Lake Keynotes King Celebration in Hometownby Jim Amidon • January 26, 2013
ßAssociate Professor of English Tim Lake returned to his hometown of Fort Wayne, Indiana last weekend to keynote the 28th Annual Service of Repentance and Reconciliation at Plymouth Congregational Church. The event celebrated the life and works of Rev. Dr. Martin Luther King, Jr., and attracted significant media attention.
In his remarks, Dr. Lake reminded the many hundreds of attendees of King’s important messages of faith and hope as he fought segregation during the Civil Rights Movement. But Dr. Lake also said, “We have not yet arrived at what King called the ‘beloved community.’”
“Definitely we have some progress that's evident," Dr. Lake said. "The fact that we are celebrating an African American man is a marker of progress on the eve of the inauguration of an African American man for president.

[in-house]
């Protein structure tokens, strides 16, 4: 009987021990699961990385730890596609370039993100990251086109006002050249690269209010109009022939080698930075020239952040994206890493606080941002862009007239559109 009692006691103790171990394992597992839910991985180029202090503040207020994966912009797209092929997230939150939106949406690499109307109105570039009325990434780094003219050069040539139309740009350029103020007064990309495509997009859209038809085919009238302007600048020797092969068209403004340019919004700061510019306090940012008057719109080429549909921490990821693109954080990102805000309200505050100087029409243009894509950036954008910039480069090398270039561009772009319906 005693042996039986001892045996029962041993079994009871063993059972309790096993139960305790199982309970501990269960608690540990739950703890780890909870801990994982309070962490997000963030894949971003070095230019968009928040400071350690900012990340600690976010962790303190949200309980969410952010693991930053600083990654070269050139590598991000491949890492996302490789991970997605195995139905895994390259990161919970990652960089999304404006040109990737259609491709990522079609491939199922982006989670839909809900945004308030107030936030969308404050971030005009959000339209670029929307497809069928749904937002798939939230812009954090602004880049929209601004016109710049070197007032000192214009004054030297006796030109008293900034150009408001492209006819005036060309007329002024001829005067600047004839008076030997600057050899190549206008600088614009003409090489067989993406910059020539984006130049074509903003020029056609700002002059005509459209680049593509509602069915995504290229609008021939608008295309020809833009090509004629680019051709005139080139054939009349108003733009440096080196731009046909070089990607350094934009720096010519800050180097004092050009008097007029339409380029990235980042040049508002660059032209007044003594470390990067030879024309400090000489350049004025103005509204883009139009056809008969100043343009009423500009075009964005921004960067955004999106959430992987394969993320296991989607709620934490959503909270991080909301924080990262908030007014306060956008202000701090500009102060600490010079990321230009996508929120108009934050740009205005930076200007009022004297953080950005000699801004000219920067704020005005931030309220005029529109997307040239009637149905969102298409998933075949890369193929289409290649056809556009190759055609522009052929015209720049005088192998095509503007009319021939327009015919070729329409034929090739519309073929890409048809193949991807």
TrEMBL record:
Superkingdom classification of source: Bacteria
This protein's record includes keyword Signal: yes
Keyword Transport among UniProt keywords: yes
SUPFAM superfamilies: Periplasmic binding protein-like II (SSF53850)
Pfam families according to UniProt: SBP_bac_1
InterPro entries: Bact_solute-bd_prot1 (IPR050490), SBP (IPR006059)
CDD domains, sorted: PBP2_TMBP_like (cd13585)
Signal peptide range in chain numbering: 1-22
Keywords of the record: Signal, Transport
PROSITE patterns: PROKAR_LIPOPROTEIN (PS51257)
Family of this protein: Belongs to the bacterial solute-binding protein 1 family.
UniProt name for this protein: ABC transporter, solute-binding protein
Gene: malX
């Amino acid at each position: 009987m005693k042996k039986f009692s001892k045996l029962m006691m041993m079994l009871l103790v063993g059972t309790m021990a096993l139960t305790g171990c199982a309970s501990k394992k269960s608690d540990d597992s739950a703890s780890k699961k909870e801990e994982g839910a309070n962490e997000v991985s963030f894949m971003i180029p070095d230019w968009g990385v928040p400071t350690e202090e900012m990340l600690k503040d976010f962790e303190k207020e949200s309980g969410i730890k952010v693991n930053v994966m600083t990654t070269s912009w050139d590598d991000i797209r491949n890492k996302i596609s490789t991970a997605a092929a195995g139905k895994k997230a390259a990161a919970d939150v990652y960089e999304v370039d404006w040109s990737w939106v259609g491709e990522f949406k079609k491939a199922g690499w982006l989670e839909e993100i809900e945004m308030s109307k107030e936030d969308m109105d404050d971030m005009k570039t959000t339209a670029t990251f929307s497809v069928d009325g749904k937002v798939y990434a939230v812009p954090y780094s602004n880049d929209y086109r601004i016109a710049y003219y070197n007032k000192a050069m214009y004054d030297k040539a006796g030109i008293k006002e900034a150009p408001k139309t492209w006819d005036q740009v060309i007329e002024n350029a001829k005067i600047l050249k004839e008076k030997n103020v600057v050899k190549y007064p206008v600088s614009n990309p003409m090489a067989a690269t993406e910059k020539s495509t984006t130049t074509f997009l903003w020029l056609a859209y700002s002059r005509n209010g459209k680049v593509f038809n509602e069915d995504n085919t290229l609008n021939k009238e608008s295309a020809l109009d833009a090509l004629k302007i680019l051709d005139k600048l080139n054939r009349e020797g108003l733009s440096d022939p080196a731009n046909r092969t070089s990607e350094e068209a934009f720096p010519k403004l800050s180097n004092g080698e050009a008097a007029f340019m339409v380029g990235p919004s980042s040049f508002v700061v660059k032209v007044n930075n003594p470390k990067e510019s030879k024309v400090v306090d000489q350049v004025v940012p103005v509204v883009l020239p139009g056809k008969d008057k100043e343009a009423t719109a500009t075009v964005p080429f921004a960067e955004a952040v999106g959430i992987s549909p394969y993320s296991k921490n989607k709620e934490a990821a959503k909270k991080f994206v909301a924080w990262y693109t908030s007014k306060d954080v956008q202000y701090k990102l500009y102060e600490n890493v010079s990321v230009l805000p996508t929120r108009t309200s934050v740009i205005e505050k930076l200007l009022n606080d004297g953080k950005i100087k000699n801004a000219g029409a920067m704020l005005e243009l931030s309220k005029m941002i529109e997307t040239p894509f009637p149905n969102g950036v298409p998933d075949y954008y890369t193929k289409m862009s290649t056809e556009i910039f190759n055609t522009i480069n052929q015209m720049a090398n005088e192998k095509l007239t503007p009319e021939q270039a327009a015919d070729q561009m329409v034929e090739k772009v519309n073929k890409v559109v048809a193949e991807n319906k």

“However, many said there's still some work to be done. ?"Tremendous poverty and persistent poverty in America, the fact that those issues haven't been addressed and resolved is problematic, and it's something that King gave his life for.”
Dr. Lake joined the Wabash College faculty in 2004 as a member of the English Department and Director of the Malcolm X Institute of Black Studies. He received tenure in 2011.
Dr. Lake attended Snider High School in Fort Wayne. He earned his undergraduate degree from Ball State University, master’s degrees from Howard University and the University of Notre Dame, and his Ph.D. from Bowling Green.
“We all deserve to live full lives and rise to the height of our abilities,” Lake said. “You can’t just reduce Martin to words of love and non-violence. What he gave us was the example of a committed life, and you should never take that too lightly.”
The event, covered by Fort Wayne’s News Sentinel and Journal Gazette, as well as two television stations, featured Dr. Lake, as well as vocalists, hymns, and dancers. The Associated Churches of Fort Wayne and the Interdenominational Ministerial Alliance host the event each year on the eve of the Rev. Martin Luther King, Jr. holiday.